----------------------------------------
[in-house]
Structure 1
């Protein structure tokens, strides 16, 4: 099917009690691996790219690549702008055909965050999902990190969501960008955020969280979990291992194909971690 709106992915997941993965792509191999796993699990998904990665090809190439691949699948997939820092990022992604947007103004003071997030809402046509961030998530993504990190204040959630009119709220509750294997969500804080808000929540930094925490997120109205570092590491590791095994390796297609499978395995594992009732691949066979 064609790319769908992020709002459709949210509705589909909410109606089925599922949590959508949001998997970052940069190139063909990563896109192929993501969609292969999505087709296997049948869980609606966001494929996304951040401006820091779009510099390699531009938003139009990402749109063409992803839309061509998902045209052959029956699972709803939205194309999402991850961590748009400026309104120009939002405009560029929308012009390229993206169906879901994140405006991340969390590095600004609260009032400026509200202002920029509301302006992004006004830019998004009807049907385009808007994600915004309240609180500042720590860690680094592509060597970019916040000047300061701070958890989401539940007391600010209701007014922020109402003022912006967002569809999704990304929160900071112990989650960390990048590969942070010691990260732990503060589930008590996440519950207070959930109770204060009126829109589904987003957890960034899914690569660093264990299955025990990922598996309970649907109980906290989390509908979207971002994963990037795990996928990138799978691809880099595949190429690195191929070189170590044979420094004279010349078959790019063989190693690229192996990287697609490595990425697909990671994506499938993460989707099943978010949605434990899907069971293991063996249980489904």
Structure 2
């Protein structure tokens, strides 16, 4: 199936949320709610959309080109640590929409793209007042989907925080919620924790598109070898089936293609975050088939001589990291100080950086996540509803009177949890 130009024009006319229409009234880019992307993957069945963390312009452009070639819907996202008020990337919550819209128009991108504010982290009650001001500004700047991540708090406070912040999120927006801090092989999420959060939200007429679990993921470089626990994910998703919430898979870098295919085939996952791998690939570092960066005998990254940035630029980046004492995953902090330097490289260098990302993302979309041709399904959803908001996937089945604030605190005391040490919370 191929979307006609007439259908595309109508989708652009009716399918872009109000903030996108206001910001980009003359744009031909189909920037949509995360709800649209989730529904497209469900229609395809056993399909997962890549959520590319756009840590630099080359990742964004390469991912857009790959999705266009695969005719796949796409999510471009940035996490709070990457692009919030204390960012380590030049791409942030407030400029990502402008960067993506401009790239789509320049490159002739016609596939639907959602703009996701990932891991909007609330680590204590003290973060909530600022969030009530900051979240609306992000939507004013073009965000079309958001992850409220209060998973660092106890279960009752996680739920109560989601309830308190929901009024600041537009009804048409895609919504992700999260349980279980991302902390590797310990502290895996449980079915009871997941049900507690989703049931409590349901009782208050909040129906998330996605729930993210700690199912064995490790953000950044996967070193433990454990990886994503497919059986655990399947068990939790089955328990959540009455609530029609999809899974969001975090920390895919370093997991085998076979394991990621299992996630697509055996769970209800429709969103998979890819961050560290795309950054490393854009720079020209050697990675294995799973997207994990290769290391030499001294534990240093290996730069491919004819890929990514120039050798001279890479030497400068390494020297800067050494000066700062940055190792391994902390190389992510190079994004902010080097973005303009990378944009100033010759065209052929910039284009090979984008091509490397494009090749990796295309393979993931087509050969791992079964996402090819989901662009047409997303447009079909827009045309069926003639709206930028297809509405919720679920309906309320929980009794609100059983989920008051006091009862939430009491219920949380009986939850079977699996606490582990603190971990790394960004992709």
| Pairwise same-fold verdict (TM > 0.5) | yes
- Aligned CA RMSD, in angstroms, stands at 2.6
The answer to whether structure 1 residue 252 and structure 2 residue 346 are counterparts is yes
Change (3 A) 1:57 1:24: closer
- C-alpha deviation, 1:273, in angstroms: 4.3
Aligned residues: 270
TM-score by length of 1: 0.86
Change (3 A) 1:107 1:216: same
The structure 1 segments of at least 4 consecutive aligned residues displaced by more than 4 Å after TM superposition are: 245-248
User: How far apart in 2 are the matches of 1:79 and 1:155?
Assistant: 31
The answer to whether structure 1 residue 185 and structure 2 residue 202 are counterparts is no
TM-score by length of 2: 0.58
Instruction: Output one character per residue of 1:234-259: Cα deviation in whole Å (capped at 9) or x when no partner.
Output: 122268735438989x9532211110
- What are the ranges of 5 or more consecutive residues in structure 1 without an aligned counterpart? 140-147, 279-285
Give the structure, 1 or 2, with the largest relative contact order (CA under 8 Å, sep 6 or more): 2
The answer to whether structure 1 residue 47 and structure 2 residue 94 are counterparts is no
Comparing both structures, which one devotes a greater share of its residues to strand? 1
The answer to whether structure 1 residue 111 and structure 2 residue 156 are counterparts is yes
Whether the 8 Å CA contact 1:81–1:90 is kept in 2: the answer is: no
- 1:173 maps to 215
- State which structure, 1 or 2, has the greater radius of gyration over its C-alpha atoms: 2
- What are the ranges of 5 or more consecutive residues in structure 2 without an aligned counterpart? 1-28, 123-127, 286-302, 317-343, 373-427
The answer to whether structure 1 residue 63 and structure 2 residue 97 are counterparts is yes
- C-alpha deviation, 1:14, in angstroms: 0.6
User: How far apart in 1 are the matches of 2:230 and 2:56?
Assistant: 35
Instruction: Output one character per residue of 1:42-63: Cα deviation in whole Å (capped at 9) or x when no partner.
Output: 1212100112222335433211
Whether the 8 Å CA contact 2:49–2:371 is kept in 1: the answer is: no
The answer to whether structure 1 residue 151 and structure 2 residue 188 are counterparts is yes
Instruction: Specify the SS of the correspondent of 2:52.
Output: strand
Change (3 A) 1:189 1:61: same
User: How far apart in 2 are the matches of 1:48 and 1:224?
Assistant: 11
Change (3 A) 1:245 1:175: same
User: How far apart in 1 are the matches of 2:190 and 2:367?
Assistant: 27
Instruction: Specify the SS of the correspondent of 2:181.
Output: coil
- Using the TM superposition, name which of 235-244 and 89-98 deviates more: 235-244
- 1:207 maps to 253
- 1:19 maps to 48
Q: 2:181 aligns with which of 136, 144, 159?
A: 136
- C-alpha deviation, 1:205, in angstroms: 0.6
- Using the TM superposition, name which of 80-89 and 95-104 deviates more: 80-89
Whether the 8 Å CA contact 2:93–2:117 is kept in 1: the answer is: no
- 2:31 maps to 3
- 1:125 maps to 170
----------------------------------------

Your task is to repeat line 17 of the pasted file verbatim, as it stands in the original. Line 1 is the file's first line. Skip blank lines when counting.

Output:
The answer to whether structure 1 residue 185 and structure 2 residue 202 are counterparts is no